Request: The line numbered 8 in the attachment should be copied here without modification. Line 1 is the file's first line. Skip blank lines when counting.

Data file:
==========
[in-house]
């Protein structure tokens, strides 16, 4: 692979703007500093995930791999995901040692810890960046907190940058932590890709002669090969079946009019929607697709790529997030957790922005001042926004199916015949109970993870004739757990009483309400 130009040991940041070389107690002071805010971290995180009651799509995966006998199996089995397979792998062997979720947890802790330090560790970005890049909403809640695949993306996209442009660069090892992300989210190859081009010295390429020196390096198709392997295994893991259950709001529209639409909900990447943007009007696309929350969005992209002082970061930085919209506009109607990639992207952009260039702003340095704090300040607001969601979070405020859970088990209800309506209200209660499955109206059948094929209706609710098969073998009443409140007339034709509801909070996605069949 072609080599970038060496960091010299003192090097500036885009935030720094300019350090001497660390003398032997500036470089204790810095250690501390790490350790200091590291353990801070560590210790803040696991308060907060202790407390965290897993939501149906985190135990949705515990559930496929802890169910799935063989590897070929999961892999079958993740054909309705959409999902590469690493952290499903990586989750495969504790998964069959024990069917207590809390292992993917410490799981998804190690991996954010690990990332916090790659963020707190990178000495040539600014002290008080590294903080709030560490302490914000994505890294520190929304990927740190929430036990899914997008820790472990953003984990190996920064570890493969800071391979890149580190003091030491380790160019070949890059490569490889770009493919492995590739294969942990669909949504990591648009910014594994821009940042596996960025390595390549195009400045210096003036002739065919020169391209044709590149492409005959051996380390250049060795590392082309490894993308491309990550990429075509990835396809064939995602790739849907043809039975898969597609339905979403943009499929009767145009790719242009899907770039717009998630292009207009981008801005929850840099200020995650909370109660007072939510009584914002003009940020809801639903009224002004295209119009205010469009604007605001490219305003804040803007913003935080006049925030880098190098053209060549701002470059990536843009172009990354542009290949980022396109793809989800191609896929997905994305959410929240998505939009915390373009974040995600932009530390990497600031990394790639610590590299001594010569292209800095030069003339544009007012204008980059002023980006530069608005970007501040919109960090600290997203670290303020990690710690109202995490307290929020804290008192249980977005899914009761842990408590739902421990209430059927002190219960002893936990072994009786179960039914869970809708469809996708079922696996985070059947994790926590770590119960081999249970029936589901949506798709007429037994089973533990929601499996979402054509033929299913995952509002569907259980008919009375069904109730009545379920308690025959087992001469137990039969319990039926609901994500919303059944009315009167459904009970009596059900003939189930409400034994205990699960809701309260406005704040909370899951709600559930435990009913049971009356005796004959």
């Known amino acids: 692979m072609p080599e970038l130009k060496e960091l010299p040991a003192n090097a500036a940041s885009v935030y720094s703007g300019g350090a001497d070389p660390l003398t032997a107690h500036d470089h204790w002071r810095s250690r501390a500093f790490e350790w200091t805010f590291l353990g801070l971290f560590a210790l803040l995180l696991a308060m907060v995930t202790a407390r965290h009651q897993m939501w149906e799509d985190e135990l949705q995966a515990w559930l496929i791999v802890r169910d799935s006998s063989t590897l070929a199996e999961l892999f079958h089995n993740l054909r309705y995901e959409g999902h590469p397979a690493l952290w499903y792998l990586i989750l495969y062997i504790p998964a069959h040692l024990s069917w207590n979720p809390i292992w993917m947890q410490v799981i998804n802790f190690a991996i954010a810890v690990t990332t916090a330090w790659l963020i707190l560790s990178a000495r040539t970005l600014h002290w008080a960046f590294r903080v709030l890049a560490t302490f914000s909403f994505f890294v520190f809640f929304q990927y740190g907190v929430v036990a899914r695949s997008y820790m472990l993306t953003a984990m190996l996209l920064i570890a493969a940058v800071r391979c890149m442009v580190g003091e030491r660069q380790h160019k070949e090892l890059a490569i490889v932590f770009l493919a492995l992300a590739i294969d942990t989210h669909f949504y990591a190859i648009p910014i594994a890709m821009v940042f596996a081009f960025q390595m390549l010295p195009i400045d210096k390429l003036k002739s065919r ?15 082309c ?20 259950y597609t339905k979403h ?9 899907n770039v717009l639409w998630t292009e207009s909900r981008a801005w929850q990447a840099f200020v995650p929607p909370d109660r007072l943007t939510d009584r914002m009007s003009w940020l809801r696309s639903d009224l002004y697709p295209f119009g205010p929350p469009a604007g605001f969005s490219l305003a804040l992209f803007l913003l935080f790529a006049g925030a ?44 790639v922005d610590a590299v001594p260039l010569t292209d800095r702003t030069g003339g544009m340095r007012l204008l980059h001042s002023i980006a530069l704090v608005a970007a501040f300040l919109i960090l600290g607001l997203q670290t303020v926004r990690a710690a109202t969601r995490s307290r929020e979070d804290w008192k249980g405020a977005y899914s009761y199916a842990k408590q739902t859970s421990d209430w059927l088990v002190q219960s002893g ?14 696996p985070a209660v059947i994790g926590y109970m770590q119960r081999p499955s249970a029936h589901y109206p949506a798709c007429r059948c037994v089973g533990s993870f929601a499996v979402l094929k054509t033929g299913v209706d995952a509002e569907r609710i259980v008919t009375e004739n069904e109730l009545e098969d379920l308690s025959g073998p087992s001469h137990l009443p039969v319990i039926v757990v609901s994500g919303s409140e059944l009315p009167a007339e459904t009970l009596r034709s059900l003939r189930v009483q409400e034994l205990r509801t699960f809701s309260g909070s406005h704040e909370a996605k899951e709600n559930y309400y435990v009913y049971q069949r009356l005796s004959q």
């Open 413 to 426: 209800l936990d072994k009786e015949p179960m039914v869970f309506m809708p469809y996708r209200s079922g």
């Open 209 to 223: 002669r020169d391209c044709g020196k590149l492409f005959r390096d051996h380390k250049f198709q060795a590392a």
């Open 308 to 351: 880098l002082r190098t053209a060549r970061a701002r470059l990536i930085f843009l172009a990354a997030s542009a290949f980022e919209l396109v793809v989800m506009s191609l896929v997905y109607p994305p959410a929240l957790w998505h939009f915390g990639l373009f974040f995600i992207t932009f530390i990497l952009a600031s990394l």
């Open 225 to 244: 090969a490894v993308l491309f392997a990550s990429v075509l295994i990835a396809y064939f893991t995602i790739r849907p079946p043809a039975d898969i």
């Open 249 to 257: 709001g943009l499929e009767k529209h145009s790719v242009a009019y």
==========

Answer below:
């Open 249 to 257: 709001g943009l499929e009767k529209h145009s790719v242009a009019y």